By Micaela Porte
When wildlife enthusiasts, researchers and professors met recently at UCSD Kendall-Frost Mission Bay Reserve, they had one thing on their minds: the microscopic parasites that inhabit Mission Bay.
The presentation was delivered by Ryan Hechinger, a UC Santa Barbara Marine Science Institute professor, who stated that trematodes, such as the common flatworm, frequently make their way from marsh bird feces into host organisms, like a horned snail, California Achilles fish and fiddler crab, among others. From there, they perform a key role in the regulation of marsh bio-systems.
According to Hechinger, the parasites lay their eggs in a benign bird host’s intestines. The eggs then hatch in the marsh and make their way to their primary hosts. Over a period of a few years, the worms eventually fully colonize in their host—typically a horned snail—consuming and replacing the sex organs. After morphing with and occupying the snail for the remainder of its natural life, which could last up to 10 years, they replicate by essentially cloning themselves. Cloned larvae leave the colony to attach to secondary hosts, such as fish, crabs, and clams.
Organisms belonging to the Trematoda parasitic class will then develop a cyst colony attached to the heads of marsh fish and take over their brain. The exact methodology—whether via secretions or some other mechanism—remains unknown. Some scientists believe that the parasites bring on a dementia in their hosts, making them act in an irregular manner, such as swimming in a zig zag pattern. This often causes the sunlight to reflect off of their bodies, which in turn attracts the attention of predator birds who eat them. This begins the parasitic life cycle all over again, as they lay their eggs in the bird’s intestines. Scientists have found that where there are more parasites, there are more birds because the fish are easier to catch—all a part of nature’s amazing patterns.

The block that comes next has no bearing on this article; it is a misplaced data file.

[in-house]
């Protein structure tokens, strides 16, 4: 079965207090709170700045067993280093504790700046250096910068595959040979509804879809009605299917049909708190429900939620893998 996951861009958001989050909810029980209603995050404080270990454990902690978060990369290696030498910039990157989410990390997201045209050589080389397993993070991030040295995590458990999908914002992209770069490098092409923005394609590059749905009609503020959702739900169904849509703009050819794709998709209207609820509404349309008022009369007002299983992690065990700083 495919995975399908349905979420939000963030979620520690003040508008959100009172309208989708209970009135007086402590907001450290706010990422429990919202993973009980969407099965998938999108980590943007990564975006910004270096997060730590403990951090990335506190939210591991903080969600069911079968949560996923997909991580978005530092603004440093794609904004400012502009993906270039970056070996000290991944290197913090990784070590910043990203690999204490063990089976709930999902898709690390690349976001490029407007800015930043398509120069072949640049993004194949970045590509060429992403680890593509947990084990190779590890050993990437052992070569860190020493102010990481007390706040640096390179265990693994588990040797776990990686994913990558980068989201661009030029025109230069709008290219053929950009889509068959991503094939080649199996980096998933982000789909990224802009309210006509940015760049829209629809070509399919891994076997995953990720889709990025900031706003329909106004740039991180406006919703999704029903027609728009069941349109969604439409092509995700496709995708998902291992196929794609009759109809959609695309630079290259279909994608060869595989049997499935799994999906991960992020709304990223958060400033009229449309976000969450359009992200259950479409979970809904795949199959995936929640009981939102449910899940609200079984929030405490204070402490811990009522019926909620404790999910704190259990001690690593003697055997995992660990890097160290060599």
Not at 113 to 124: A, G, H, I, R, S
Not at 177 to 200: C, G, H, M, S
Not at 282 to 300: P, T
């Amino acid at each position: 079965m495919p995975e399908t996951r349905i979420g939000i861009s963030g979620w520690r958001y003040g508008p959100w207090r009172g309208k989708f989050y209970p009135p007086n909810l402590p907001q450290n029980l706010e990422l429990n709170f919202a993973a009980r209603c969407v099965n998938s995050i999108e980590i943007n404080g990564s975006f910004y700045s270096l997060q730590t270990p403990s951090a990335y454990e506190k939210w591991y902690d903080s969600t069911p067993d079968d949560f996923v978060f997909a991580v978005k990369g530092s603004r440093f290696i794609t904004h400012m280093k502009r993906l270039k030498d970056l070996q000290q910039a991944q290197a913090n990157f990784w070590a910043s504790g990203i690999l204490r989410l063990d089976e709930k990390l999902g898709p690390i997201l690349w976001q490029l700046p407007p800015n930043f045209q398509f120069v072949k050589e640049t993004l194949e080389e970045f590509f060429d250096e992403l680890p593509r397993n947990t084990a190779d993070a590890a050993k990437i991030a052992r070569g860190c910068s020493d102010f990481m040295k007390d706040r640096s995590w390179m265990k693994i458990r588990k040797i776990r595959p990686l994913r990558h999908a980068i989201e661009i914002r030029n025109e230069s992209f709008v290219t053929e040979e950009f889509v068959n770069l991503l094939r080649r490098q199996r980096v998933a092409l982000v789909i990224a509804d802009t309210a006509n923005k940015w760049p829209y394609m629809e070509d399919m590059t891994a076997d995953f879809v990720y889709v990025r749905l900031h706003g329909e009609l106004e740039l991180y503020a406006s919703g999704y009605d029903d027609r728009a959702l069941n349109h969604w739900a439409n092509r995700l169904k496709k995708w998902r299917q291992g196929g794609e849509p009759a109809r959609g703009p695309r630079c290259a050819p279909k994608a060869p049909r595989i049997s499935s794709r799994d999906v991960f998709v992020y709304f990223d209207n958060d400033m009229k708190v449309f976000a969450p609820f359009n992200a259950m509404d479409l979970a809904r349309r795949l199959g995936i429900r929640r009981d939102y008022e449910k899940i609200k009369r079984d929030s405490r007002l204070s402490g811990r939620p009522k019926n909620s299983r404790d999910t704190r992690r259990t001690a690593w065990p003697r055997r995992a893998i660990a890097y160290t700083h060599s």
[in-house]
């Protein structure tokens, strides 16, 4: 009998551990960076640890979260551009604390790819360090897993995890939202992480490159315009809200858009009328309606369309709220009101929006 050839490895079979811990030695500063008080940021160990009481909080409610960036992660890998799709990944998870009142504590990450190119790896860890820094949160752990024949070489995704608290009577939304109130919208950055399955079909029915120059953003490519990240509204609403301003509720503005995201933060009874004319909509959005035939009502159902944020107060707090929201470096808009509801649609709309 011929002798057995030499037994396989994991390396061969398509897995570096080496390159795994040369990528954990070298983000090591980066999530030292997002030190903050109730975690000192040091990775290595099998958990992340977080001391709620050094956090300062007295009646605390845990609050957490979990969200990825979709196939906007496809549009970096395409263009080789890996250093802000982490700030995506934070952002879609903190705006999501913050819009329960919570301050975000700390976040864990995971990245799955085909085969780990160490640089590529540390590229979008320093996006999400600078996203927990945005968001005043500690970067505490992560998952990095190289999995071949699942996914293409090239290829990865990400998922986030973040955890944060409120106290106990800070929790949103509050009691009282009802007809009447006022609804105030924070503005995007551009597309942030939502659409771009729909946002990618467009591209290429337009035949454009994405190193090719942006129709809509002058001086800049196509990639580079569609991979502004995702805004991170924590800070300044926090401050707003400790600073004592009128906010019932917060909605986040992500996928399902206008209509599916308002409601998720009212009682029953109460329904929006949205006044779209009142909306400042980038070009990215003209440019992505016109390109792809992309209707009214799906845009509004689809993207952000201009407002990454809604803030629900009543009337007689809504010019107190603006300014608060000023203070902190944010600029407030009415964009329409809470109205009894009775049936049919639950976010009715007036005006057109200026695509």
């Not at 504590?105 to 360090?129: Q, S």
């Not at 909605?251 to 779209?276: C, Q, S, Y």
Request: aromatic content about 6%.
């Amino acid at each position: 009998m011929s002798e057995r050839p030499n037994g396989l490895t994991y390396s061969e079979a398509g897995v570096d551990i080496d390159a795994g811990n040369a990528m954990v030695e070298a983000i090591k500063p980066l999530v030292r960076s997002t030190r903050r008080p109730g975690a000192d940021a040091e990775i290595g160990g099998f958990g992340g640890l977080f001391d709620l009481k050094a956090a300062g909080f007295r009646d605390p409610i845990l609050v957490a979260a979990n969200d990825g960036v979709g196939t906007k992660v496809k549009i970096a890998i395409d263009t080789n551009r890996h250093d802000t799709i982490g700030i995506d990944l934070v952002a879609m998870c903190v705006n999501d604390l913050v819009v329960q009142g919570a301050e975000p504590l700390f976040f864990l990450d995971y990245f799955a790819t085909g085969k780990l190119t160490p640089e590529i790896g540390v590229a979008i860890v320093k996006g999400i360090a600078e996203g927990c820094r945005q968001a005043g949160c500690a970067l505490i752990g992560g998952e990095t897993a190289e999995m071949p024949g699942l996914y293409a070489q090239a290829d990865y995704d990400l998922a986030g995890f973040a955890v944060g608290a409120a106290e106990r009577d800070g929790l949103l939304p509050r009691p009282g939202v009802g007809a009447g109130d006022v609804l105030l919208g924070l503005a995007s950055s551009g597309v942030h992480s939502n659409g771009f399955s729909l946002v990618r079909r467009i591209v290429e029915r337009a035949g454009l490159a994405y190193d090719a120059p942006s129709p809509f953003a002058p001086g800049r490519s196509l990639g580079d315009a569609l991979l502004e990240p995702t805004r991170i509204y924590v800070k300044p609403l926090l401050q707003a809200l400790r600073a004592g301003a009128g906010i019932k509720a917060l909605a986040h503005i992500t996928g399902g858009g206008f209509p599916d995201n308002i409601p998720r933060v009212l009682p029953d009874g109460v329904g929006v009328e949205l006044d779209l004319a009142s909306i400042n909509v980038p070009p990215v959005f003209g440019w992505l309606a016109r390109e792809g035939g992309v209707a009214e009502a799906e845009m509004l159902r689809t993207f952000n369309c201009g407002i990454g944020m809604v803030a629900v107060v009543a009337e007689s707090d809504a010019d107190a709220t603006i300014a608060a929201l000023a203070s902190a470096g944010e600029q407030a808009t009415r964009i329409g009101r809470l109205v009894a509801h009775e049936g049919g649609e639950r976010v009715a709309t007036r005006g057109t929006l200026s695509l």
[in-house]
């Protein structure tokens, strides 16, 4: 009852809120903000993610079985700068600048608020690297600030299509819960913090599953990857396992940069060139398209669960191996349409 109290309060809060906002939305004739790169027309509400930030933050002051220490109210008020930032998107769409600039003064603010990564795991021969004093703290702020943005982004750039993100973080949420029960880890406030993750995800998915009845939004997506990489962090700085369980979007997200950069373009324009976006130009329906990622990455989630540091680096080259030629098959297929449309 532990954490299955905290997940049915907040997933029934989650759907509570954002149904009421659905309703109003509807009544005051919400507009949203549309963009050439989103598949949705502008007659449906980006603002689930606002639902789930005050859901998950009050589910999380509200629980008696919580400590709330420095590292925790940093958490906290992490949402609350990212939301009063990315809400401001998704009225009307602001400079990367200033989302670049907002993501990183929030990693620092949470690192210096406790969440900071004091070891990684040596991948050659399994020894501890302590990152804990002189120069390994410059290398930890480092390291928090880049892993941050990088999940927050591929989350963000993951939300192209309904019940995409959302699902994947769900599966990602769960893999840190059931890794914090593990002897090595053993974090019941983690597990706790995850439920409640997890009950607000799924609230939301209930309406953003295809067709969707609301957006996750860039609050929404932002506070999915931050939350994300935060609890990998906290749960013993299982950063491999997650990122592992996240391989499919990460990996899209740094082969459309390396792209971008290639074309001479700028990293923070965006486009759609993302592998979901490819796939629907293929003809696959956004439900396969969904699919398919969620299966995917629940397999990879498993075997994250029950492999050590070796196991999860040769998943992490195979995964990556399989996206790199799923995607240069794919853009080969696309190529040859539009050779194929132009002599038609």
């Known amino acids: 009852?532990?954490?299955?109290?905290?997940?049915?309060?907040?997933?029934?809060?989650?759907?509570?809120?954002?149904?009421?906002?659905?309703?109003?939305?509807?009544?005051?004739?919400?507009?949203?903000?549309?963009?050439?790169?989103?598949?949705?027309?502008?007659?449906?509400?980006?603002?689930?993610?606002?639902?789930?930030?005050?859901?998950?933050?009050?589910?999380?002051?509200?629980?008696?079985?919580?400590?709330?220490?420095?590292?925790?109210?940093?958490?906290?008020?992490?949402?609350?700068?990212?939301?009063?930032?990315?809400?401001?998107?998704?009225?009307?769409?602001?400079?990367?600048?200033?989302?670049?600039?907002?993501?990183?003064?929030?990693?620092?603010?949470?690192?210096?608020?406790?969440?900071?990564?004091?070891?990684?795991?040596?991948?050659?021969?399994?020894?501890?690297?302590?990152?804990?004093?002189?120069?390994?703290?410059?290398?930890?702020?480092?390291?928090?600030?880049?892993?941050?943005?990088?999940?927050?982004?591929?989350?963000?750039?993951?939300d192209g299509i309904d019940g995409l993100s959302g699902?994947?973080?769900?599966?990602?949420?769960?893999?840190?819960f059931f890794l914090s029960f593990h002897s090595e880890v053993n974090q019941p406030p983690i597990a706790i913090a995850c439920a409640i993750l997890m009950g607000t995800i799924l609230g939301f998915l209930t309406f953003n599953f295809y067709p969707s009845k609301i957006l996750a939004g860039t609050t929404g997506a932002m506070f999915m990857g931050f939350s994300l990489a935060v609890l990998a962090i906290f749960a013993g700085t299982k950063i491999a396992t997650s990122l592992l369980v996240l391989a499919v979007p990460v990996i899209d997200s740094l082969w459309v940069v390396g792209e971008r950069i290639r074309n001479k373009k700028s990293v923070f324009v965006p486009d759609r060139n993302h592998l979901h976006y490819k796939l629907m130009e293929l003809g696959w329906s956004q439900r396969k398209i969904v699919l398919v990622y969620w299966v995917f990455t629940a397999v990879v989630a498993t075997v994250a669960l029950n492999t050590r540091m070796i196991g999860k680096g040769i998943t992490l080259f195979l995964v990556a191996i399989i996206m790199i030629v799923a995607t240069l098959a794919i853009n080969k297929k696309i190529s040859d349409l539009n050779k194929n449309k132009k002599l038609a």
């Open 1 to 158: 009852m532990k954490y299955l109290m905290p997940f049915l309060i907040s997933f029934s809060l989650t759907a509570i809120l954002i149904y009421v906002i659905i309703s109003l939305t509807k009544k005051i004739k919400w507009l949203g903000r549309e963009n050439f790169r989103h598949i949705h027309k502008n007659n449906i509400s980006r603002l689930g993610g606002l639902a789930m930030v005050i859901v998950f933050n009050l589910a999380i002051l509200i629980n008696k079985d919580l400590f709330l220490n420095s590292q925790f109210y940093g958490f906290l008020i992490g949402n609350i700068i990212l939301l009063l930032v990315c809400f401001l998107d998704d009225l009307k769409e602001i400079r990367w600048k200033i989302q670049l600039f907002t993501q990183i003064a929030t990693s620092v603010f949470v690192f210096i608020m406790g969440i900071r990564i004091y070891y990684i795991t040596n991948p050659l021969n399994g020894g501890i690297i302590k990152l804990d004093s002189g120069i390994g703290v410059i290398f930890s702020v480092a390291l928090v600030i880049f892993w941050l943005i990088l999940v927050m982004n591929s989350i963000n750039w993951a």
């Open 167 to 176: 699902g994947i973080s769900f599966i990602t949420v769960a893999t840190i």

Fortunately for humans, we cannot see any of these “infections” with the naked eye, and our immune systems can handle any trematode parasitic attack, reducing it to a skin rash, commonly referred to as a swimmer’s itch. Still, it’s suggested to wear boots and shoes in a marsh, and thoroughly cook all fish, as doing so will kill a parasitic infestation.
Hechinger and his graduate crew are on a multi-estuary field trip from Baja California to Monterey to collect samples and analyze data regarding the complex world parasites. This work is made possible in part because of rare research facilities like the Mission Bay Reserve.
Friends of the Mission Bay Marsh, an organization headed by wildlife photographer Roy Little, was invited to participate in the presentation, which took place at the Mission Bay Reserve’s Pacific Beach bungalow. The lecture was part of a series of presentations held in conjunction with marshland researchers and the reserve’s manager, Professor Isabelle Kay.